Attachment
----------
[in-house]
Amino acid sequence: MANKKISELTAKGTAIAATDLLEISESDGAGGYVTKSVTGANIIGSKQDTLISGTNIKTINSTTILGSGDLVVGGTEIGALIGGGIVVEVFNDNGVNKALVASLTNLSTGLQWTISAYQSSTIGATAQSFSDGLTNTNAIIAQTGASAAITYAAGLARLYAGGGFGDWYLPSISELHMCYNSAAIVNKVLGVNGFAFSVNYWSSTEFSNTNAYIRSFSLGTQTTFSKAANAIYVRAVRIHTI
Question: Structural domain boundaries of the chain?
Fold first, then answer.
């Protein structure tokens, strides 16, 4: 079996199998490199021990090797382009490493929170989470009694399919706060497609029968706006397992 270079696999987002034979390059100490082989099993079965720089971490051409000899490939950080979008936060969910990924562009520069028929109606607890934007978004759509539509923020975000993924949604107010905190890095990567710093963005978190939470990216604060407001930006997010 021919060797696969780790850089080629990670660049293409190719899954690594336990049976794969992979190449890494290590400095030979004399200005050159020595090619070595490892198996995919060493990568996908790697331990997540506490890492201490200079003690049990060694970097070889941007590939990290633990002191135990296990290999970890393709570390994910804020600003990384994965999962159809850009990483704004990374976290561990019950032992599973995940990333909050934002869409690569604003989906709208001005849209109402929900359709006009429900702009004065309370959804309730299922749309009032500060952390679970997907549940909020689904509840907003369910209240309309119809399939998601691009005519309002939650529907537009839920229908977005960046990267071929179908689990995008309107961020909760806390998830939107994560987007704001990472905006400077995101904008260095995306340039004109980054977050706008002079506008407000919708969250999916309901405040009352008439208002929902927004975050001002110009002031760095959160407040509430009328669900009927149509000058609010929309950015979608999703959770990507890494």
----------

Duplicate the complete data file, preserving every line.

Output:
[in-house]
Amino acid sequence: MANKKISELTAKGTAIAATDLLEISESDGAGGYVTKSVTGANIIGSKQDTLISGTNIKTINSTTILGSGDLVVGGTEIGALIGGGIVVEVFNDNGVNKALVASLTNLSTGLQWTISAYQSSTIGATAQSFSDGLTNTNAIIAQTGASAAITYAAGLARLYAGGGFGDWYLPSISELHMCYNSAAIVNKVLGVNGFAFSVNYWSSTEFSNTNAYIRSFSLGTQTTFSKAANAIYVRAVRIHTI
Question: Structural domain boundaries of the chain?
Fold first, then answer.
């Protein structure tokens, strides 16, 4: 079996199998490199021990090797382009490493929170989470009694399919706060497609029968706006397992 270079696999987002034979390059100490082989099993079965720089971490051409000899490939950080979008936060969910990924562009520069028929109606607890934007978004759509539509923020975000993924949604107010905190890095990567710093963005978190939470990216604060407001930006997010 021919060797696969780790850089080629990670660049293409190719899954690594336990049976794969992979190449890494290590400095030979004399200005050159020595090619070595490892198996995919060493990568996908790697331990997540506490890492201490200079003690049990060694970097070889941007590939990290633990002191135990296990290999970890393709570390994910804020600003990384994965999962159809850009990483704004990374976290561990019950032992599973995940990333909050934002869409690569604003989906709208001005849209109402929900359709006009429900702009004065309370959804309730299922749309009032500060952390679970997907549940909020689904509840907003369910209240309309119809399939998601691009005519309002939650529907537009839920229908977005960046990267071929179908689990995008309107961020909760806390998830939107994560987007704001990472905006400077995101904008260095995306340039004109980054977050706008002079506008407000919708969250999916309901405040009352008439208002929902927004975050001002110009002031760095959160407040509430009328669900009927149509000058609010929309950015979608999703959770990507890494």